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Help on Projectile Motion

  1. Jul 31, 2007 #1
    1. Angle = 15, Time(s) = 3.5, Horizontal Distance(m) = ?, Vertical Distance(m) = ?, Initial Velocity(m/s) = ?, Final Velocity(m/s) = ?

    2. Our teachers told us to use y = vi(sine(theta)(t) - (gt^2)/2 - but we cant get an answer with only 2 givens.

    3. Cant get an answer using the given equation. Hope you guys could help.
  2. jcsd
  3. Jul 31, 2007 #2
    Indeed, you can't solve for so many unknowns.
  4. Jul 31, 2007 #3


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    Sure you can, if you assume 'time' is total time of flight and the surface is horizontal (etc etc). y=0 at t=0 and y=0 at t=3.5 sec. Use that to solve for vi and vertical distance. Now use x=vi*cos(theta)*t to do the horizontal part.
    Last edited: Jul 31, 2007
  5. Jul 31, 2007 #4
    Maybe you are to assume the object is to be thrown from ground level? Then this is solvable.
  6. Jul 31, 2007 #5
    Maybe you are to assume the object is to be thrown from ground level? Then this is solvable.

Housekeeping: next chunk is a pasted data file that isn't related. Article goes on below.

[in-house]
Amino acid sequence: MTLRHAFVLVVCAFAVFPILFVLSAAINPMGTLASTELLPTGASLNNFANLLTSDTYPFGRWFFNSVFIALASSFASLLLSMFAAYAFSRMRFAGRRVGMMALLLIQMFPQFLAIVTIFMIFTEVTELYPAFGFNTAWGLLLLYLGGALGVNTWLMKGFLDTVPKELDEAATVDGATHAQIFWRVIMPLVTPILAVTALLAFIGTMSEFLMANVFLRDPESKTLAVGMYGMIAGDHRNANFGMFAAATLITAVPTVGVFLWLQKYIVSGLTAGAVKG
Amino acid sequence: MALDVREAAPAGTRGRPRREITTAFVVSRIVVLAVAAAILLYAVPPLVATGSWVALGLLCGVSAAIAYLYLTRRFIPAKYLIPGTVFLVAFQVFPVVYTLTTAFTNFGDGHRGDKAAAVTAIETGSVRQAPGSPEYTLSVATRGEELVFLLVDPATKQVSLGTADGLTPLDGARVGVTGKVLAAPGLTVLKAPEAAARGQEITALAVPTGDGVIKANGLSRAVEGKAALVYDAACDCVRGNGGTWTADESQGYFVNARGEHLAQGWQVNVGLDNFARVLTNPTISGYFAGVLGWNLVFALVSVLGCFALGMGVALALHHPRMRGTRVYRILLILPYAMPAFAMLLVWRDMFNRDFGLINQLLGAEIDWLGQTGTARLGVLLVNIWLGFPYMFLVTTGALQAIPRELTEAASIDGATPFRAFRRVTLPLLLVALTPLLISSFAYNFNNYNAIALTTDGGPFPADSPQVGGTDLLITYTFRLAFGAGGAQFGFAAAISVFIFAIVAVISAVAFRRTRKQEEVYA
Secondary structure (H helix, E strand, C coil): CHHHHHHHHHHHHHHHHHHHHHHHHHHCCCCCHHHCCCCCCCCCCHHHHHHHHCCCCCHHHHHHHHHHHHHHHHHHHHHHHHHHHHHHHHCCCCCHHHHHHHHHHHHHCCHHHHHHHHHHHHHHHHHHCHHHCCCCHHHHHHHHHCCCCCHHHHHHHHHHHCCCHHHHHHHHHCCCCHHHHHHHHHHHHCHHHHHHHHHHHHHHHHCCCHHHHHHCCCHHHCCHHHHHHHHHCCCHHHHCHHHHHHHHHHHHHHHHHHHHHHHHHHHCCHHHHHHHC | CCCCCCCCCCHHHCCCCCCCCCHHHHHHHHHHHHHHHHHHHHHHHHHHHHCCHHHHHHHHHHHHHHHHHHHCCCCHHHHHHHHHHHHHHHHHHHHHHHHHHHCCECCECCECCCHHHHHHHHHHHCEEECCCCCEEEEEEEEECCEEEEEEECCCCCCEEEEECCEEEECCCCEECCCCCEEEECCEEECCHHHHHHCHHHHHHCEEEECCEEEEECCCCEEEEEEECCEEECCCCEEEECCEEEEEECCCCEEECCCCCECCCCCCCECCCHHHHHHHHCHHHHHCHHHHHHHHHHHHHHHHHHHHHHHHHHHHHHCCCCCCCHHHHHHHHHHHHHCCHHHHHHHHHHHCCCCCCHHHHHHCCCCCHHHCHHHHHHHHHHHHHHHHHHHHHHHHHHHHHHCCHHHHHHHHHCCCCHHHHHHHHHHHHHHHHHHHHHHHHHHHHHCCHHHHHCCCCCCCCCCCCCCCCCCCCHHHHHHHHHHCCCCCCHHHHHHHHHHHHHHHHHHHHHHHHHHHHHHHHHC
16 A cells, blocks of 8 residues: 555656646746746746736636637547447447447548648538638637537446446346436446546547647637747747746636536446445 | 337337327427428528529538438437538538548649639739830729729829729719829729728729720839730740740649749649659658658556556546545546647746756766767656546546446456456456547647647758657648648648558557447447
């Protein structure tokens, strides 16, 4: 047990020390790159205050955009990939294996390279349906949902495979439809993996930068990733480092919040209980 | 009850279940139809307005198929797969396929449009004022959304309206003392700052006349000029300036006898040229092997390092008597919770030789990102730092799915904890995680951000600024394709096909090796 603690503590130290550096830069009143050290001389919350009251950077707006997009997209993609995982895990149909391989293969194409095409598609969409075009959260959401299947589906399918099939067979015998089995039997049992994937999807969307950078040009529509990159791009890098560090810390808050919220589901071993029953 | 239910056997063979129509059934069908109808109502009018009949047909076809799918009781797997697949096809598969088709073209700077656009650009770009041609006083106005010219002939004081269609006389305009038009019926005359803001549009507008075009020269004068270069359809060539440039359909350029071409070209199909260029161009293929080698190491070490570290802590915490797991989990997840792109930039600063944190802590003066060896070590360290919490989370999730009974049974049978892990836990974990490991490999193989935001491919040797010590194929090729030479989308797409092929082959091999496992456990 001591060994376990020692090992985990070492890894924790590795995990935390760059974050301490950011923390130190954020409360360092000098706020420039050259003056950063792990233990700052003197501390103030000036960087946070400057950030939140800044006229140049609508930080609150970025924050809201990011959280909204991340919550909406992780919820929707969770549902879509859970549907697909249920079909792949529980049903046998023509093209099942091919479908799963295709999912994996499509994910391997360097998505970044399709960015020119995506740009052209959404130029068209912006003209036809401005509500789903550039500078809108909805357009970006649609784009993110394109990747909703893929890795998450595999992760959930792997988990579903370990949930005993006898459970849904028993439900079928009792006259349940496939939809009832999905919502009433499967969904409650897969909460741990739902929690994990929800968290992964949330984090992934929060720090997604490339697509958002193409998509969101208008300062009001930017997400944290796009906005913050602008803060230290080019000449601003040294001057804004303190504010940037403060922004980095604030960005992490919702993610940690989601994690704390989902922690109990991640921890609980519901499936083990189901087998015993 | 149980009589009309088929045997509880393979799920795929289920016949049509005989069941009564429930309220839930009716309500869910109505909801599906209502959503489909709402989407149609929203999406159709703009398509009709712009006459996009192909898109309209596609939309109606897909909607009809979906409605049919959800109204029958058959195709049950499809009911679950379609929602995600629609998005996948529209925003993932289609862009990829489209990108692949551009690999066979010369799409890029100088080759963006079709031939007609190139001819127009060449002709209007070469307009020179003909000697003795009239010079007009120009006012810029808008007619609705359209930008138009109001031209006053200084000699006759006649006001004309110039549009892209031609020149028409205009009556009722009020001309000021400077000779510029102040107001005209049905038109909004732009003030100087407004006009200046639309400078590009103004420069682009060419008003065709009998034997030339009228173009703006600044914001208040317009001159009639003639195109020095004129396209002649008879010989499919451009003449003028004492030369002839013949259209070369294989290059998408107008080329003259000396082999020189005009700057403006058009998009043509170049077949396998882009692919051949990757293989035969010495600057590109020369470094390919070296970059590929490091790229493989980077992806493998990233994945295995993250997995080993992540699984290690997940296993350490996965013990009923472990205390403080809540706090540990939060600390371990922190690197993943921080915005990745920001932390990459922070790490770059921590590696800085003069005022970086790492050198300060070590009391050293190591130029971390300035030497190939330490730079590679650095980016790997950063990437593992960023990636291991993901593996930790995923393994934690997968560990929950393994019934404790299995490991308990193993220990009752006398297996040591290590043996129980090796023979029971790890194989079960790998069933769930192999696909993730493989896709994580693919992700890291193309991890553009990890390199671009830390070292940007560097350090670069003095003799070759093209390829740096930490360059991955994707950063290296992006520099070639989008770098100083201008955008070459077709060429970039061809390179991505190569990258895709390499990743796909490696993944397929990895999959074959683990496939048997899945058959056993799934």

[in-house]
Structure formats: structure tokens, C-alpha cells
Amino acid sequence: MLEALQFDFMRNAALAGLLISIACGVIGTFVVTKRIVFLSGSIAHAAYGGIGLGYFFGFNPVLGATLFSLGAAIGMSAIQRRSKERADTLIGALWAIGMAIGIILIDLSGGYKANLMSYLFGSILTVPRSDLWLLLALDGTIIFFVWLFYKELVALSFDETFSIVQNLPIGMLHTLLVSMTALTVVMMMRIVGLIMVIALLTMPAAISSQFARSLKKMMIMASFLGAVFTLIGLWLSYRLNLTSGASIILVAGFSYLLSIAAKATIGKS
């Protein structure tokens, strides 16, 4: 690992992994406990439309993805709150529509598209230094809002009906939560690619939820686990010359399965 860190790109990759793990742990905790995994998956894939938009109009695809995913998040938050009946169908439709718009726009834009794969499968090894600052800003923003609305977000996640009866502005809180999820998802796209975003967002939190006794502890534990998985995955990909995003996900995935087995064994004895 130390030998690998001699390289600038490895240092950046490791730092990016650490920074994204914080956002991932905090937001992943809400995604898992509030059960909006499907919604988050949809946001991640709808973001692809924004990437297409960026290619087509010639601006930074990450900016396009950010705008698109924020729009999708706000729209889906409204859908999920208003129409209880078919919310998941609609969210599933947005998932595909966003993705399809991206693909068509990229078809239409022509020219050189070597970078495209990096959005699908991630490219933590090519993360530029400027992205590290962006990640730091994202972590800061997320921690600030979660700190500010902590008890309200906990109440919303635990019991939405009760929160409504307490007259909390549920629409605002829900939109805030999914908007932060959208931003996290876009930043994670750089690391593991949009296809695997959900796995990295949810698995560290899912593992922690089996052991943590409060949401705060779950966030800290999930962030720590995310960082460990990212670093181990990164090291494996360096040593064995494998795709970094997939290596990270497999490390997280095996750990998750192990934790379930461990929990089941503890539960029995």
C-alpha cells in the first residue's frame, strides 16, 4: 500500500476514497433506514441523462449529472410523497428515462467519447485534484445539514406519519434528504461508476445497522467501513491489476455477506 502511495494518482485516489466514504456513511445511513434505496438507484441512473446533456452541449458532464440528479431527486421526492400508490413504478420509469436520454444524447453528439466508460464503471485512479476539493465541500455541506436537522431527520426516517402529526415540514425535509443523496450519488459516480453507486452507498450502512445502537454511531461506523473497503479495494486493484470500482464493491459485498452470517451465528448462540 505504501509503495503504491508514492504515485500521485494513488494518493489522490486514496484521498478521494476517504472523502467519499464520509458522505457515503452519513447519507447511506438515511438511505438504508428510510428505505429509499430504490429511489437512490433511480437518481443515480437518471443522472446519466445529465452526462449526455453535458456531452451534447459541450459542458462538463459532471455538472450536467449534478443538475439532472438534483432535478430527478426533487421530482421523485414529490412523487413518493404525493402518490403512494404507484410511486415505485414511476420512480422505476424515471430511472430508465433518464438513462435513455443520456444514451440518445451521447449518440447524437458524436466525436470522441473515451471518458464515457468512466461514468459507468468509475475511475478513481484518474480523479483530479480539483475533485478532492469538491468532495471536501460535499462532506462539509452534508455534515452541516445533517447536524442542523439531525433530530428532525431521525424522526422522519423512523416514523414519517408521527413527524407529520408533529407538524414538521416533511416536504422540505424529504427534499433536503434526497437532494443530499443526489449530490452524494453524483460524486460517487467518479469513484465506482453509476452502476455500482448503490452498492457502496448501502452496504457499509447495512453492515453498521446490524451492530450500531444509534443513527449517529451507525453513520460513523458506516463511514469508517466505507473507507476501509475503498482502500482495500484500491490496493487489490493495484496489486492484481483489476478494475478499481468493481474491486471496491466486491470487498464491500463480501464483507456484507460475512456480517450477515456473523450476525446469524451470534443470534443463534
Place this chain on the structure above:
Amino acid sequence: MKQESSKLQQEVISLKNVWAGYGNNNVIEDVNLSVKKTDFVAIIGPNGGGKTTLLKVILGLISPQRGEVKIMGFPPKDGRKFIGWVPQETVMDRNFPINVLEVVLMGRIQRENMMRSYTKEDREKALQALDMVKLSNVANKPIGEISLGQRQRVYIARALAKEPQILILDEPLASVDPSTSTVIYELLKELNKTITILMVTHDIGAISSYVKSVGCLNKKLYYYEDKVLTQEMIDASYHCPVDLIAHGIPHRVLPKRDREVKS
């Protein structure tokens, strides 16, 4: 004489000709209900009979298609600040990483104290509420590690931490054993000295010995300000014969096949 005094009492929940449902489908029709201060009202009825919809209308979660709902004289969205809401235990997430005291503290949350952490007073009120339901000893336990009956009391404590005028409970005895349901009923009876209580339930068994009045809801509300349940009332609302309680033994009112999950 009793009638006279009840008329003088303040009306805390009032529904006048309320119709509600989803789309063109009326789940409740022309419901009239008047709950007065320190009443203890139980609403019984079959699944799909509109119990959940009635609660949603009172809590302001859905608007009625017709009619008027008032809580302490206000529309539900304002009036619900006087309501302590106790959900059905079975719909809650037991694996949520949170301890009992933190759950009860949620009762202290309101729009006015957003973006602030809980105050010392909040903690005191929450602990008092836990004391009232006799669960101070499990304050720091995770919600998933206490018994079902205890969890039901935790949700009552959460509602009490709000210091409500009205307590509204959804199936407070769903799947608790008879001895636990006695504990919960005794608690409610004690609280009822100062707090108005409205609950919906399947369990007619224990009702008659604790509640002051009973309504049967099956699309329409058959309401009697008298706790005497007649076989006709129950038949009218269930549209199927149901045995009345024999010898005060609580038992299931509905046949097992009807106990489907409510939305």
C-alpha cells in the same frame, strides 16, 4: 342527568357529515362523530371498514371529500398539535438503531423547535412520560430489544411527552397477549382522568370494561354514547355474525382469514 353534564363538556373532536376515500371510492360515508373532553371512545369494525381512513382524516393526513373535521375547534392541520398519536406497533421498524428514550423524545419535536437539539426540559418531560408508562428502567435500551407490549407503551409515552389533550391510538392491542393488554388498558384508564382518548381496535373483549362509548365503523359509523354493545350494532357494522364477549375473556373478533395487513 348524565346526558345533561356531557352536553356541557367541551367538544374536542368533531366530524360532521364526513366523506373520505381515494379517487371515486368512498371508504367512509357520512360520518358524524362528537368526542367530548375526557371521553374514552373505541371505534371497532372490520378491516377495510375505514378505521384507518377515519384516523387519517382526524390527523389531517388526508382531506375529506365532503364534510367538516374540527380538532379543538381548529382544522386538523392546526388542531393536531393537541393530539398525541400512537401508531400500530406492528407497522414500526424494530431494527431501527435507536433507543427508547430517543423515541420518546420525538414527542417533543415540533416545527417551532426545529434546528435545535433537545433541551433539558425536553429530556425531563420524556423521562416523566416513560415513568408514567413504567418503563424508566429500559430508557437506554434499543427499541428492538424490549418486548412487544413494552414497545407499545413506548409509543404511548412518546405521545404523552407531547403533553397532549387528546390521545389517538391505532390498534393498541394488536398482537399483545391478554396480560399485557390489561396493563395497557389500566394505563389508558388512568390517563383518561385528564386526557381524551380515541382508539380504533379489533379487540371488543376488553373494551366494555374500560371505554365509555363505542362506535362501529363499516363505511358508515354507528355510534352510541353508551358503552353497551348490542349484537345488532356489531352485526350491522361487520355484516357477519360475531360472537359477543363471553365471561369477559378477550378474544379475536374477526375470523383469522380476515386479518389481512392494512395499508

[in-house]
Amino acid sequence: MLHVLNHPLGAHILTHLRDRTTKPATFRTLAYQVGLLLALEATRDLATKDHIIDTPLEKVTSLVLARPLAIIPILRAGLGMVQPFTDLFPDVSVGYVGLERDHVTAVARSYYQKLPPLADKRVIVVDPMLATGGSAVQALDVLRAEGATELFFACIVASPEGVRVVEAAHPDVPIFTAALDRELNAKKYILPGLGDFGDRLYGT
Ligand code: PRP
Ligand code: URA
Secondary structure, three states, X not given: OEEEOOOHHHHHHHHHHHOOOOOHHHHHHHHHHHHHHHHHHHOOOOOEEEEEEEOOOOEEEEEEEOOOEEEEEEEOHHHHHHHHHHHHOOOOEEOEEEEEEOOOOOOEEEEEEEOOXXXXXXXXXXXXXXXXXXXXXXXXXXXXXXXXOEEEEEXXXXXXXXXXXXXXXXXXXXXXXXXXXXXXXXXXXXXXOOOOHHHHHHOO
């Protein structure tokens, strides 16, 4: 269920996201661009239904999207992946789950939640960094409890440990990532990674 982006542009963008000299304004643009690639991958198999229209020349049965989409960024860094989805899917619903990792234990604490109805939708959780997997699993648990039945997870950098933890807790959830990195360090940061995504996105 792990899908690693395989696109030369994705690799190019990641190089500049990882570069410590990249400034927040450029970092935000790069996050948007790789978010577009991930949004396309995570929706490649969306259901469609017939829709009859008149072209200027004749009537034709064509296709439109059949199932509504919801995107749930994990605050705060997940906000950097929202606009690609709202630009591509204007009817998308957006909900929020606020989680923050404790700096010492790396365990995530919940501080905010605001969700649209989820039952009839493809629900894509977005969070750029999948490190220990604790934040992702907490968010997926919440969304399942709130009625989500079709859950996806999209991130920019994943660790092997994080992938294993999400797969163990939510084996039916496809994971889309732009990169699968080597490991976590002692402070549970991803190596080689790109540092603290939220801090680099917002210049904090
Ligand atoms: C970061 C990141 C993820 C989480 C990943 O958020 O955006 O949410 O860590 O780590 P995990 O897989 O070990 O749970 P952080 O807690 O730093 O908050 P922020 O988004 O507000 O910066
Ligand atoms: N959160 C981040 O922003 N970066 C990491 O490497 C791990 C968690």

7. Jul 31, 2007 #6
    Ah, well, putting [tex]y_0 = 0[/tex] then you can solve:

    [tex]\displaystyle \left \{ \begin{array}{ll}
    y &= (v_0 \sin 15^{\circ})t - \frac{1}{2} gt^2\\
    v_y &= (v_0 \sin 15^{\circ}) - gt\\
    x &= (v_0 \cos 15^{\circ})t
  8. Jul 31, 2007 #7


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    You can solve the parabolic equation

    [tex]y = x \tan(\theta _o) - \frac{gx^2}{2v_o \cos^2(\theta _o)}[/tex]

    for the initial velocity [tex]v_o[/tex] - it is the only unknown in the equation if you use the other equations to subs for x and y.

    But the problem do not require the initial velocity to be confined by any of the given values. This means that even if the projectile is resting on the launching pad at fifteen degrees and time marches on for 3.5 seconds the conditions are still met! So one can shoot the projectile at any initial speed and the situation will still be within limits of the given data.
    Last edited: Aug 1, 2007
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